Robert Ryman - Monochrome Painting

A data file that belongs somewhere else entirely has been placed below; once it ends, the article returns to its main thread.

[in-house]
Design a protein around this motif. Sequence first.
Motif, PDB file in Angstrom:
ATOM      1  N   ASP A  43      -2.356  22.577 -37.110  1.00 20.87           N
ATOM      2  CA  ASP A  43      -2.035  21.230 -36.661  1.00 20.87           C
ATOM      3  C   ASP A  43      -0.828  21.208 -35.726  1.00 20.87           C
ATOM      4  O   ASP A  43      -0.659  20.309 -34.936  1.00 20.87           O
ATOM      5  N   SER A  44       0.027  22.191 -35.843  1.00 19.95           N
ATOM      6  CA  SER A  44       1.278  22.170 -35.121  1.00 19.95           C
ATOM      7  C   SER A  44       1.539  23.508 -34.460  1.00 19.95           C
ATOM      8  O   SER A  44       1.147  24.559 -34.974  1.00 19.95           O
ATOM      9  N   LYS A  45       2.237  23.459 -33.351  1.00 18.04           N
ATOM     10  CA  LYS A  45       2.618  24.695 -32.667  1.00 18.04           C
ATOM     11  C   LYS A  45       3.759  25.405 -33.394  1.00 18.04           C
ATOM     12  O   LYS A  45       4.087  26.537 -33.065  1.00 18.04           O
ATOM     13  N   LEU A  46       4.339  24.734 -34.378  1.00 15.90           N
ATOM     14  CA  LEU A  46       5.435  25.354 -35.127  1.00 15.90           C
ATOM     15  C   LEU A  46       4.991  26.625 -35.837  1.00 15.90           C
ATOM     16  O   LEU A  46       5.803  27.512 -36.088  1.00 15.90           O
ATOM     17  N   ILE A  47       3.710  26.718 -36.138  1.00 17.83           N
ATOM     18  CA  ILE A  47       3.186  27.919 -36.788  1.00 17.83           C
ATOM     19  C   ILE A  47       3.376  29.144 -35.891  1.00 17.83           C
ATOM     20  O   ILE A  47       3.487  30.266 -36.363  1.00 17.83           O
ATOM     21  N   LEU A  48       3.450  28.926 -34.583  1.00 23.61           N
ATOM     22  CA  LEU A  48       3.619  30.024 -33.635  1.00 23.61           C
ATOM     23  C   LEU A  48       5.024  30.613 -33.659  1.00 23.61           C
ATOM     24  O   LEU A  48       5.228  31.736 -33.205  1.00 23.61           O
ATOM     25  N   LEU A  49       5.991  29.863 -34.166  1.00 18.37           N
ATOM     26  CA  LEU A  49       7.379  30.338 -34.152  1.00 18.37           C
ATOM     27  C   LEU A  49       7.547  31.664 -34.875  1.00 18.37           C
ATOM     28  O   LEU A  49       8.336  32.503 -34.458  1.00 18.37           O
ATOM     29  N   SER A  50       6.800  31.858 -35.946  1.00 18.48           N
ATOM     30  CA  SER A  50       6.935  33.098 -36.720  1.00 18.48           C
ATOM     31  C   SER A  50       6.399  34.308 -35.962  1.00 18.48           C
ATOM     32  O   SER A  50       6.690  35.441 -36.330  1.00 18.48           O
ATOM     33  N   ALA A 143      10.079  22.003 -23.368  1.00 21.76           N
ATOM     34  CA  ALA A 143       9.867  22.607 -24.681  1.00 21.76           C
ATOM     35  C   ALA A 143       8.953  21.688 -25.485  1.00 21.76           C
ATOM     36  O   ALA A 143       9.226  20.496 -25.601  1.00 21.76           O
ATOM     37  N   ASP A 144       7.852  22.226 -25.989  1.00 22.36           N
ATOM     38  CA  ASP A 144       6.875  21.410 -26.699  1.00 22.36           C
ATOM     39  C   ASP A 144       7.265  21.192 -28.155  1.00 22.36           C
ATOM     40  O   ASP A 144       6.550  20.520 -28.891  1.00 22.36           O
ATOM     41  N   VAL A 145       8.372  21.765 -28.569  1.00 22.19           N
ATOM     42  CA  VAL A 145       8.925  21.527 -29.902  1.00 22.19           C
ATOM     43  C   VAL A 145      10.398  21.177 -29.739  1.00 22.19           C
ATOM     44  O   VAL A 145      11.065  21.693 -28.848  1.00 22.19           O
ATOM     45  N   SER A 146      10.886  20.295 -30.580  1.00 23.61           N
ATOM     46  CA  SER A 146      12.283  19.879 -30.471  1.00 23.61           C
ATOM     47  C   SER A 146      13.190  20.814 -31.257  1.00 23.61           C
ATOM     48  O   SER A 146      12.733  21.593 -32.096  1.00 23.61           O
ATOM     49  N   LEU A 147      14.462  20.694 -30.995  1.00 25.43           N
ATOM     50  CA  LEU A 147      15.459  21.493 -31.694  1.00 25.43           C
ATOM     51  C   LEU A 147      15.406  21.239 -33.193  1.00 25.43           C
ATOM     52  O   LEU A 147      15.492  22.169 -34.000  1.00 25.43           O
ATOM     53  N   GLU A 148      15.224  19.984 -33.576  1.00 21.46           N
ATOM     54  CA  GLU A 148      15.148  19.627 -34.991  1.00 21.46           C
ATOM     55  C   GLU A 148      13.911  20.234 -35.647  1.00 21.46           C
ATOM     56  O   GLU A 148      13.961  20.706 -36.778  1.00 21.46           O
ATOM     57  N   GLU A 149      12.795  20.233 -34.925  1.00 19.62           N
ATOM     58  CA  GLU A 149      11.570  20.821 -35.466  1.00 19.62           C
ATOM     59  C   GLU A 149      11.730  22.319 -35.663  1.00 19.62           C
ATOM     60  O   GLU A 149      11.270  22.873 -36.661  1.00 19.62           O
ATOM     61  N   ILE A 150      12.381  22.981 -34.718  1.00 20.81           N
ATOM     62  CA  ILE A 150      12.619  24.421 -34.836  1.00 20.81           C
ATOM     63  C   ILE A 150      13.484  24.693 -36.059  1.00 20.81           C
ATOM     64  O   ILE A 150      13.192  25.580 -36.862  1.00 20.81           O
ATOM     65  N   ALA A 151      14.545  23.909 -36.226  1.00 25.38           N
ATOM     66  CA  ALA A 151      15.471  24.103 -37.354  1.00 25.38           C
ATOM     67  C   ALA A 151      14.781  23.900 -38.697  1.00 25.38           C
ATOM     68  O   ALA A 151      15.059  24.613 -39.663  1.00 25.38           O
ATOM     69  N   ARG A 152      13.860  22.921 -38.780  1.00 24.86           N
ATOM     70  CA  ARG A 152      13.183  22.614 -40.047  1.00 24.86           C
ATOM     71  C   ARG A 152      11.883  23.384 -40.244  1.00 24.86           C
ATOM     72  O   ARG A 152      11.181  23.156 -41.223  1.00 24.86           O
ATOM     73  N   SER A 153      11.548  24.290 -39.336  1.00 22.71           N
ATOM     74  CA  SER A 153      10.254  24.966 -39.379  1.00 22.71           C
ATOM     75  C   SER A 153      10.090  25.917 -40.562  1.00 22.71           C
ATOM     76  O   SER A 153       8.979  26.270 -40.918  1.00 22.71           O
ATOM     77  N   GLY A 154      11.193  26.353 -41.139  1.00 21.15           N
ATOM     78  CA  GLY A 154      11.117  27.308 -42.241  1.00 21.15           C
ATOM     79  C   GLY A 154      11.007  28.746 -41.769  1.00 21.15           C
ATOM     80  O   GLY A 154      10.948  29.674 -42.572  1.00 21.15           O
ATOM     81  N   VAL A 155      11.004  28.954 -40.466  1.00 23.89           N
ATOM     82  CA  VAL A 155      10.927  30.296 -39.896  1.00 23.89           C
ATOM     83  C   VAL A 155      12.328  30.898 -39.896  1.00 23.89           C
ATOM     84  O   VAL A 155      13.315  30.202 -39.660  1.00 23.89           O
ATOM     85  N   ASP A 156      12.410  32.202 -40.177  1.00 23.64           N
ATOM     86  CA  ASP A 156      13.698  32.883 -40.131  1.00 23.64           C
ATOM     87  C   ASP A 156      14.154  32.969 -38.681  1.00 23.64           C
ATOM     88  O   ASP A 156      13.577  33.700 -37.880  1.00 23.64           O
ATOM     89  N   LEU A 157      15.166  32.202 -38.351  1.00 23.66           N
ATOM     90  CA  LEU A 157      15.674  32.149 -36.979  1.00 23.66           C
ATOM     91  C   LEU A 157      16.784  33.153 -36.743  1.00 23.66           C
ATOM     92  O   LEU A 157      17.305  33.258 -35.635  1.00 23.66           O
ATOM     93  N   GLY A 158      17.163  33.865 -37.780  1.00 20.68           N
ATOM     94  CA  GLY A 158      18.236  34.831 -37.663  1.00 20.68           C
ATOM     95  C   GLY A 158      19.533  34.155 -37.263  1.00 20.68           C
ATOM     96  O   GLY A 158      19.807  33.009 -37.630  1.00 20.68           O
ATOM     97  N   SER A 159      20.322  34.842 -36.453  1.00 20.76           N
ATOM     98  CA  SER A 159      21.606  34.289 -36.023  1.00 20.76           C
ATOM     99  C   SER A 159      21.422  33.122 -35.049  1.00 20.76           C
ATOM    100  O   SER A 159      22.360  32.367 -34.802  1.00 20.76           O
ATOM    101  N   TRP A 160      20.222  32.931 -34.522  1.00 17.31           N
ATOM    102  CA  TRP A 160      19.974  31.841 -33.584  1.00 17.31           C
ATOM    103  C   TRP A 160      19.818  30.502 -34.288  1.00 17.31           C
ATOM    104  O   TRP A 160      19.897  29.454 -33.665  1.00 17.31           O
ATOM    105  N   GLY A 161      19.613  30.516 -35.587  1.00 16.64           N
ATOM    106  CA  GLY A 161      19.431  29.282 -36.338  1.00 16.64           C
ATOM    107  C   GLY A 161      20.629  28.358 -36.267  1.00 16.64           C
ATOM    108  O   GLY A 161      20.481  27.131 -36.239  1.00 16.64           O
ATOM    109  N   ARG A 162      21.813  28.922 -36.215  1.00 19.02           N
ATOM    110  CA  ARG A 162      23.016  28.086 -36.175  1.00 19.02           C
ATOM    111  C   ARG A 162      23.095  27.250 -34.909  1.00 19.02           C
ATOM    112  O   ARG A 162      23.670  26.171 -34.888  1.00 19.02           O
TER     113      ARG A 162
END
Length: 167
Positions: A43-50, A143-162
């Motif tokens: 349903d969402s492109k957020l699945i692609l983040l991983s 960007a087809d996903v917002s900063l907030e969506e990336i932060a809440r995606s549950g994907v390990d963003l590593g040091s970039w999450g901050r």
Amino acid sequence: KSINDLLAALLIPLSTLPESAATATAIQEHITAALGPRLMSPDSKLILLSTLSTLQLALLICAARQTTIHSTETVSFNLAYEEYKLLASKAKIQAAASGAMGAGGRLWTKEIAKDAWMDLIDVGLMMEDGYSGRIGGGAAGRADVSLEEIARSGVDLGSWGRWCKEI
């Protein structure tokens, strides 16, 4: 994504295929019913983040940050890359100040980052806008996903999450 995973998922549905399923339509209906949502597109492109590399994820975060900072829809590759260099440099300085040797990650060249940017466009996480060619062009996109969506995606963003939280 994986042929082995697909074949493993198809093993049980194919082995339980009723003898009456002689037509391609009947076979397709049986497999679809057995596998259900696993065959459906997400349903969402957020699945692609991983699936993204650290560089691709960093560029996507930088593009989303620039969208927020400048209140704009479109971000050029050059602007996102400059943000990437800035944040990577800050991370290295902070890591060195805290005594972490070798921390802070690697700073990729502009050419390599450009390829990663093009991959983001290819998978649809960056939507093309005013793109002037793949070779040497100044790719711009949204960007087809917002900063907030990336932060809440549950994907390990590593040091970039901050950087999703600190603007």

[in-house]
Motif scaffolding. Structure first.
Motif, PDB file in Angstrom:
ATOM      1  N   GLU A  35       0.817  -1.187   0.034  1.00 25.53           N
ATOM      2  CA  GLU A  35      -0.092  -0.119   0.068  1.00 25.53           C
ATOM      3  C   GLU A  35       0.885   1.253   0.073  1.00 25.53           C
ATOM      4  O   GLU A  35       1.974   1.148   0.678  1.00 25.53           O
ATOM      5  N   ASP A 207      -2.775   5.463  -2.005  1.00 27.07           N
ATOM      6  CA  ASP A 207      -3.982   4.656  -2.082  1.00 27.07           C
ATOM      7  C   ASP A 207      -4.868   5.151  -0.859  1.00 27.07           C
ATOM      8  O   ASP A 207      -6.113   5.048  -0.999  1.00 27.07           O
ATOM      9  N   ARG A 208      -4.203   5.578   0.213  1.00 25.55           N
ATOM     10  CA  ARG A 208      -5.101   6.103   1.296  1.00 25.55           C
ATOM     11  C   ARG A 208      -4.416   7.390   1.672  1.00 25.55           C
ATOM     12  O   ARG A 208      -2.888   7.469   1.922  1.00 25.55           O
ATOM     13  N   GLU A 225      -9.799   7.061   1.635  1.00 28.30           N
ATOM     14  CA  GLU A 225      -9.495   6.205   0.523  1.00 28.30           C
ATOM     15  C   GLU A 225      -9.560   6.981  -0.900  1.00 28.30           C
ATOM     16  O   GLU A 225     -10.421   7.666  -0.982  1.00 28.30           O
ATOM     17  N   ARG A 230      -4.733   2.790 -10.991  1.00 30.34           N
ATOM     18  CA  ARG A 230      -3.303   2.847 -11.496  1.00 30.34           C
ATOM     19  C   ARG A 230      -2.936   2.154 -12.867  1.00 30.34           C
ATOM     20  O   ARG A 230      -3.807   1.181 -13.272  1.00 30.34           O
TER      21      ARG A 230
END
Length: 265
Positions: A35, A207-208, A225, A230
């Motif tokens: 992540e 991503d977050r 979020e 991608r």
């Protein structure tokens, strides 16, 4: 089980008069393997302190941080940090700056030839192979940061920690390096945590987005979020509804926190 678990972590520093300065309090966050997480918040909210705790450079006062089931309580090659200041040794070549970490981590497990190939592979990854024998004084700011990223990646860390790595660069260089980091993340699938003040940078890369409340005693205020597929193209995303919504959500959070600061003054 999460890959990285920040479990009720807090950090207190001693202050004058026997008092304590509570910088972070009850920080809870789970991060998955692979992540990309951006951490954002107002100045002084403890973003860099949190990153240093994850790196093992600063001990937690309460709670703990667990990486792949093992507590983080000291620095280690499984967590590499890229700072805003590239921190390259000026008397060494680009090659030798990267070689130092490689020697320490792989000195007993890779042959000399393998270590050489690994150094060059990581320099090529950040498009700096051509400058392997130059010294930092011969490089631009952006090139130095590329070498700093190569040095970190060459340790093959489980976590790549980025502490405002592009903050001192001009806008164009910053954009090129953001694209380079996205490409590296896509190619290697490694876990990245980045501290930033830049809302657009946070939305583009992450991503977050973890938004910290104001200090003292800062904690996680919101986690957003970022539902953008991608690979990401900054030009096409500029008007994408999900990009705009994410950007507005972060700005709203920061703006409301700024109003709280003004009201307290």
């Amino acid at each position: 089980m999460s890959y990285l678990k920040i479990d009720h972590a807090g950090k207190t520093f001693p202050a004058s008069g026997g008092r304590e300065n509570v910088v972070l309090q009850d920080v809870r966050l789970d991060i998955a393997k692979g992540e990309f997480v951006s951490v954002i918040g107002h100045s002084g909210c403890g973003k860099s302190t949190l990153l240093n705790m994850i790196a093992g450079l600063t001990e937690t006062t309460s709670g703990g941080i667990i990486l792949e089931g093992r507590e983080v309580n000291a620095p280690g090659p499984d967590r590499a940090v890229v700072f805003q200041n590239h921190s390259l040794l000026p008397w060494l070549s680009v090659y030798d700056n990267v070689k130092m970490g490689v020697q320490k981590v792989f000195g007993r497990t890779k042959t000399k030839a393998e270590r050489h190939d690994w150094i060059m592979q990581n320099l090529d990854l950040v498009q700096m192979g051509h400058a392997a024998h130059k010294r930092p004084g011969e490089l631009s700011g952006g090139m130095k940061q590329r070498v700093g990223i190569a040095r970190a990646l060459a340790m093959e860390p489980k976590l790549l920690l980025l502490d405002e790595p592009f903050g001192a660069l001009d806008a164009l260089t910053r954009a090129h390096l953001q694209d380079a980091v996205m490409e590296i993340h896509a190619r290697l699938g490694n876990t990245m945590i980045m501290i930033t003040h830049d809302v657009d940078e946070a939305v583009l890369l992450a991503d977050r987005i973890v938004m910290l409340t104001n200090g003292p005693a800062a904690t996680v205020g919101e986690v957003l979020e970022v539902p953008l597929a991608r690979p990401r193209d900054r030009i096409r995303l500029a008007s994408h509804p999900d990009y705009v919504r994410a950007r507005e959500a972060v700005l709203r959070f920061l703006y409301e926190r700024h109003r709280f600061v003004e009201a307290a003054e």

Robert Ryman (May 30, 1930 – February 8, 2019) was an American painter identified with the movements of monochrome painting, minimalism, and conceptual art. He was best known for abstract, white-on-white paintings.He lived and worked in New York City. Ryman was often classified as a minimalist; but, he preferred to be known as a "realist", because, he was not interested in creating illusions, but, only in presenting the materials he used in compositions at their face value. As he wrote in a statement for a 2010 exhibition at Pace Wildenstein, "I am not a picture painter. I work with real light and space, and since real light is an important aspect of the paintings, it always presents some problems."The majority of his works feature abstract expressionist-influenced brushwork in white or off-white paint on square canvas or metal surfaces. A lifelong experimenter with media, Ryman painted and/or drew on canvas, linen, steel, aluminum, plexiglas, lumasite, vinyl, fiberglass, corrugated paper, burlap, newsprint, wallpaper, jute sacking, fiberplate, a composite material called gator board, feather board, handmade paper, and acrilivin. He used painted and/or drew with oil, acrylic, encaustic, Lascaux acrylic, casein, enamel, pastel, oil pastel, graphite, guache, and enamelac. Ryman also experimented with printmaking, creating etchings, aquatints, lithographs, and silkscreens. His most famous quote is "There is never any question of what to paint only how to paint."Wikipedia















 

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